Sunday, December 7, 2008

No Reason to Prefer Atypical Antipsychotics over Older Drugs

The common distinction between first- and second-generation antipsychotic drugs has no scientific basis and should be dropped, said researchers here.

A meta-analysis of 150 double-blind studies found little evidence that newer, so-called atypical antipsychotic drugs are more effective than older drugs for symptoms of schizophrenia, reported Stefan Leucht, M.D., of Munich Technical University, and colleagues online in The Lancet.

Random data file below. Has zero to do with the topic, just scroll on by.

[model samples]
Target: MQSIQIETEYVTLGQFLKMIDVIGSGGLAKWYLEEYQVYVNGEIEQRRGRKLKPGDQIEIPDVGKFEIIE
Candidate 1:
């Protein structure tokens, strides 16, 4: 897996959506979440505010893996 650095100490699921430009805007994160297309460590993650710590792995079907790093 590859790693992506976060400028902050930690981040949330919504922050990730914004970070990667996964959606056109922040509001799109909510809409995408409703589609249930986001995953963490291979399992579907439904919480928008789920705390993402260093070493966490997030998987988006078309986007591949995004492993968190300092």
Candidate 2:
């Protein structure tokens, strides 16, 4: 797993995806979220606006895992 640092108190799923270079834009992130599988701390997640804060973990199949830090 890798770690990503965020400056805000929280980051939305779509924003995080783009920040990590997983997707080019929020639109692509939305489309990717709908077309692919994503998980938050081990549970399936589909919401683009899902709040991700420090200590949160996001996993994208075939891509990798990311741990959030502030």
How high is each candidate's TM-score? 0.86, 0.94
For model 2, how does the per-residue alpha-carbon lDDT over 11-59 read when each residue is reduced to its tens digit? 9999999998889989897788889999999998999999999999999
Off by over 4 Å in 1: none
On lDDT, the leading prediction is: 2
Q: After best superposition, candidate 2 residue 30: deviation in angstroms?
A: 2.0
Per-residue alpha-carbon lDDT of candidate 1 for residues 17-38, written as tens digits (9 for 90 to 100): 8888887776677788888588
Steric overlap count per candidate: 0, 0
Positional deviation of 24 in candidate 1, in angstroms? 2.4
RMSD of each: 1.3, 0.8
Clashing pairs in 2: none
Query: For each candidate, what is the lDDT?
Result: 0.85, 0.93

The researchers also found that although newer drugs induced fewer extrapyramidal effects than haloperidol (Haldol) that was not the case when compared with low-potency first-generation agents.

"Second-generation antipsychotic drugs differ in many properties" -- including structure and mode of action as well as clinical effects -- "and are not a homogeneous class," the researchers concluded.

"Improper generalization creates confusion and, as a result, the classification [of first- versus second-generation agents] might be abandoned," they said.


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